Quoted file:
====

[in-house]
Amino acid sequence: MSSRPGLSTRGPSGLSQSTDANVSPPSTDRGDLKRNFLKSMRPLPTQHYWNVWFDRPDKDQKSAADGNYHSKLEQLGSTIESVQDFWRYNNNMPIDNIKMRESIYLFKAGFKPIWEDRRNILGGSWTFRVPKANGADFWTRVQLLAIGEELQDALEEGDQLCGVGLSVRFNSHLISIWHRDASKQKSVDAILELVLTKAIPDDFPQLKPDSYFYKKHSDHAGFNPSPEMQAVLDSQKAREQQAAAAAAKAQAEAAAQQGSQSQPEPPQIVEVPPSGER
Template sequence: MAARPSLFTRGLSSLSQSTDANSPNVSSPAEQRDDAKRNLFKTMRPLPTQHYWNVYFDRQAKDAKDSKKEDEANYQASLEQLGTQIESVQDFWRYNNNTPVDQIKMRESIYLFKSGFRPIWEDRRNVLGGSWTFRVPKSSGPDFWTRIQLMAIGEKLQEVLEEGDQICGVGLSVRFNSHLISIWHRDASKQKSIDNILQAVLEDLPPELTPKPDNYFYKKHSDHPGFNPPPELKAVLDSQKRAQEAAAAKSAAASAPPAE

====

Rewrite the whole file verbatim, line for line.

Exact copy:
[in-house]
Amino acid sequence: MSSRPGLSTRGPSGLSQSTDANVSPPSTDRGDLKRNFLKSMRPLPTQHYWNVWFDRPDKDQKSAADGNYHSKLEQLGSTIESVQDFWRYNNNMPIDNIKMRESIYLFKAGFKPIWEDRRNILGGSWTFRVPKANGADFWTRVQLLAIGEELQDALEEGDQLCGVGLSVRFNSHLISIWHRDASKQKSVDAILELVLTKAIPDDFPQLKPDSYFYKKHSDHAGFNPSPEMQAVLDSQKAREQQAAAAAAKAQAEAAAQQGSQSQPEPPQIVEVPPSGER
Template sequence: MAARPSLFTRGLSSLSQSTDANSPNVSSPAEQRDDAKRNLFKTMRPLPTQHYWNVYFDRQAKDAKDSKKEDEANYQASLEQLGTQIESVQDFWRYNNNTPVDQIKMRESIYLFKSGFRPIWEDRRNVLGGSWTFRVPKSSGPDFWTRIQLMAIGEKLQEVLEEGDQICGVGLSVRFNSHLISIWHRDASKQKSIDNILQAVLEDLPPELTPKPDNYFYKKHSDHPGFNPPPELKAVLDSQKRAQEAAAAKSAAASAPPAE